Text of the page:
There was little of note anywhere as we walked the valley and even the donkey paddock sallows were quiet with no sign of yesterdays Yellow-browed Warbler. The resident Choughs at least put in an appearance but were very high up as was a Buzzard that drifted over. Thankfully there was a bit more activity at the stream and the rocky beach at the cove. A Grey Wagtail was startled out of the rushing water by us passing and Robins and Wrens scurried around the bracken covered hillsides. There was even a Chiffchaff, surely recently arrived, taking flies from the waterside vegetation. The best birds were on the rocks at the beach in the form of three Black Redstarts including an absolutely stunning male. Male Black Redstarts are gorgeous birds with a bright red tail contrasting with sooty grey body plumage, Add in two vivid white wing patches and you have quite a looker!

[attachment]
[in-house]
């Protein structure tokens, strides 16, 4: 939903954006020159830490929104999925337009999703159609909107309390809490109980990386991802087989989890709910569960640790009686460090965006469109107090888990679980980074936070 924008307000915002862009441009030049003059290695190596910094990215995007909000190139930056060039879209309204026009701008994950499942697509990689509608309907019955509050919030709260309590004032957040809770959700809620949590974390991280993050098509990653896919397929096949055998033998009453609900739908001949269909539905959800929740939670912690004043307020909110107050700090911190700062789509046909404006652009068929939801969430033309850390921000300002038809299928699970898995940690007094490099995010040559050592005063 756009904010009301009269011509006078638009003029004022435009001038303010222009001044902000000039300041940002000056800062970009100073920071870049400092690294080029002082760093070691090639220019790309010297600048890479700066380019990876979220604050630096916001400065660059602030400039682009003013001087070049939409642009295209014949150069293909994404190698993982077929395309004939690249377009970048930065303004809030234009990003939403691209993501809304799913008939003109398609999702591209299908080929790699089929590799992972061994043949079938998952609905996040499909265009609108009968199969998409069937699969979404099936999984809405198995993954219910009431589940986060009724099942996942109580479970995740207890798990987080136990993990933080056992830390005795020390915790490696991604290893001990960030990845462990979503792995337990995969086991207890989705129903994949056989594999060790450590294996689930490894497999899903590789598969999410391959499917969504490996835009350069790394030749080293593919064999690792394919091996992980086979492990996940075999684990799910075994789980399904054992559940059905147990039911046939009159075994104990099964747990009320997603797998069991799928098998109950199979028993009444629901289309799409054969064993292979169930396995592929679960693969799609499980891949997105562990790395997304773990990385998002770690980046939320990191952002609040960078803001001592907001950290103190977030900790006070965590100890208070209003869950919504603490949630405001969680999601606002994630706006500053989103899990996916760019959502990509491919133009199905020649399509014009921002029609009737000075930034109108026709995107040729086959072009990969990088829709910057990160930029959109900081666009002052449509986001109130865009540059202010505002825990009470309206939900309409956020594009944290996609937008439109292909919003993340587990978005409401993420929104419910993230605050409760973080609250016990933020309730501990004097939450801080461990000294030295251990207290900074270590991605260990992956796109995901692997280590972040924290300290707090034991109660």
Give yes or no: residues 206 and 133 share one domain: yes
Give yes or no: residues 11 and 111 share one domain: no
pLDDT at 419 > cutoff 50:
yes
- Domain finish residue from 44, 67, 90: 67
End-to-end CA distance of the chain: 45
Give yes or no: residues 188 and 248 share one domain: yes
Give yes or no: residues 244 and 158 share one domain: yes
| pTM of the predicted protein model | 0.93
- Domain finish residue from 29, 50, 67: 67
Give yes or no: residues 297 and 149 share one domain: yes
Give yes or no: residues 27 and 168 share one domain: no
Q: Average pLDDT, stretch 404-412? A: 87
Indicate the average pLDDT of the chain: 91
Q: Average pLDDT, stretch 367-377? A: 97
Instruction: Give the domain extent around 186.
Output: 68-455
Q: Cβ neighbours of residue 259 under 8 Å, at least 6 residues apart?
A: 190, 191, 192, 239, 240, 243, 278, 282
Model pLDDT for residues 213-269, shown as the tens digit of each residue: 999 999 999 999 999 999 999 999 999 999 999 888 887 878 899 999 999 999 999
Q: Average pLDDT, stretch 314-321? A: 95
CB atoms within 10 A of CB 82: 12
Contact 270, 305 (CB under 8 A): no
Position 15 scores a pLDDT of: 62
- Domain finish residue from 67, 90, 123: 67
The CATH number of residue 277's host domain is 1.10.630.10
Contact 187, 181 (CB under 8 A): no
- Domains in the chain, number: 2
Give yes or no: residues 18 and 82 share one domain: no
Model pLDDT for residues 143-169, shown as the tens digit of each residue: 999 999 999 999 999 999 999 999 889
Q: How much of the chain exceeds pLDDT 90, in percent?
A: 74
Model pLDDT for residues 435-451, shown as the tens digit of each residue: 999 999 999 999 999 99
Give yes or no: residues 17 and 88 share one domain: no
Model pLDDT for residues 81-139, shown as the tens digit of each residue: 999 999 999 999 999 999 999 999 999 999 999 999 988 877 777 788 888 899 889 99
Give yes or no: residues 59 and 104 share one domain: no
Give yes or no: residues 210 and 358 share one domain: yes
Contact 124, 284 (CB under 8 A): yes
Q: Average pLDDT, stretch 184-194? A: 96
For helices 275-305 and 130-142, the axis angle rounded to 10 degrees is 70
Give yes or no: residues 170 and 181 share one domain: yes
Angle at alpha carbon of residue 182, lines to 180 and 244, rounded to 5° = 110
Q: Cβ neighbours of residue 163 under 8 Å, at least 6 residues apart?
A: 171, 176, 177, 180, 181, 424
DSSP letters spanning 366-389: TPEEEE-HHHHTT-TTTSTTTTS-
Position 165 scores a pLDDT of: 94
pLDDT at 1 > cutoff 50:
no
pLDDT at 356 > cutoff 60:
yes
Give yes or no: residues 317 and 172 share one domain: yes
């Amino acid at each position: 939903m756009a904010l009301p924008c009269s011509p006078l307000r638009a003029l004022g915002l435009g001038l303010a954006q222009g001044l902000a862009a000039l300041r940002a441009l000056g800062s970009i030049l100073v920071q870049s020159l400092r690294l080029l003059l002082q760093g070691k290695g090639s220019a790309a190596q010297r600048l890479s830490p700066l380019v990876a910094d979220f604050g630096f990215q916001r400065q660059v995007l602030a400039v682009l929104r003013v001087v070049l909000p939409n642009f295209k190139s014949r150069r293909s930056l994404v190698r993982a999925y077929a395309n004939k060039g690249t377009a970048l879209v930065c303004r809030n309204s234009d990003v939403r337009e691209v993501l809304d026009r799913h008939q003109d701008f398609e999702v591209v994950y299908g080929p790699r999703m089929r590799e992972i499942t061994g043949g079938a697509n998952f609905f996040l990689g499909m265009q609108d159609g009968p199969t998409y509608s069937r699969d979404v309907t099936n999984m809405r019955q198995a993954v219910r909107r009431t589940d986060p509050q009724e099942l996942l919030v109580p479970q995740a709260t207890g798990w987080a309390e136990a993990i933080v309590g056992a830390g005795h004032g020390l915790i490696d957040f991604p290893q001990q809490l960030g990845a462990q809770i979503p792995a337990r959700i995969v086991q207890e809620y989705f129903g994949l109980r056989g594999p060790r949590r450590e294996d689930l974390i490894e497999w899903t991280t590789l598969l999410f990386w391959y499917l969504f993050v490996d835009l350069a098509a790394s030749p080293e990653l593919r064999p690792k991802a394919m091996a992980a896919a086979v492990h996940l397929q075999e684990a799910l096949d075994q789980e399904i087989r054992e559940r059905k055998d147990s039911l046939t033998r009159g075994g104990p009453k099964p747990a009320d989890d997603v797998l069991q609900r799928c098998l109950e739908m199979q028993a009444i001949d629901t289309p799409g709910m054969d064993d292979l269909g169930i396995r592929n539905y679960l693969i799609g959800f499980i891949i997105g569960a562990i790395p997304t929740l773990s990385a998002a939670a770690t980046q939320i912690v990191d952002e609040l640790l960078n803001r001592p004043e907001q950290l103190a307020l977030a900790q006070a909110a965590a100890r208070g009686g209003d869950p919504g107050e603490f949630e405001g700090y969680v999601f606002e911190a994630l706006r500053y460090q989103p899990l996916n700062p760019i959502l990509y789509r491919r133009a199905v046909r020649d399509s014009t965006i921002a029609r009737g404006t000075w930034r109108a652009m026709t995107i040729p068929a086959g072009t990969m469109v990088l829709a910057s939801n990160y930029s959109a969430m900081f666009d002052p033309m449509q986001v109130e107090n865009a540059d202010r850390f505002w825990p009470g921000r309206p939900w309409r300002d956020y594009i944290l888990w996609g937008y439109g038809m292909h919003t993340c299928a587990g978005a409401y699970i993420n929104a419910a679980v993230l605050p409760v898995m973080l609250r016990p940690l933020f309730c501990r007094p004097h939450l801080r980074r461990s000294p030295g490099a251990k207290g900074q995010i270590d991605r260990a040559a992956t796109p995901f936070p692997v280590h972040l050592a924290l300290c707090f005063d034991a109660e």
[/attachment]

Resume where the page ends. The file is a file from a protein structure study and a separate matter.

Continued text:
male Black Redstart
The two accompanying juvenile type birds, also beautiful in my book, have more subdued lighter grey-brown plumage but still sport the conspicuous red tail, the characteristic behind the name, redstart meaning red tail.

juvenile type Black Redstart
All of the Black Redstarts were actively hunting and catching flies and other insects. They would often launch into the air to snare anything that came within reach. I spent quite a lot of effort trying to capture these flights but was ultimately unsuccessful. The birds are quick, flying up and returning back to their rocky perch within a second or so. But it was fun!

Out at sea there were Shags and Seals in the water and, of course, Gannets were passing back and forth further out. A pair of noisy Oystercatchers alighted on rocks at the shore resting only momentarily before departing noisily.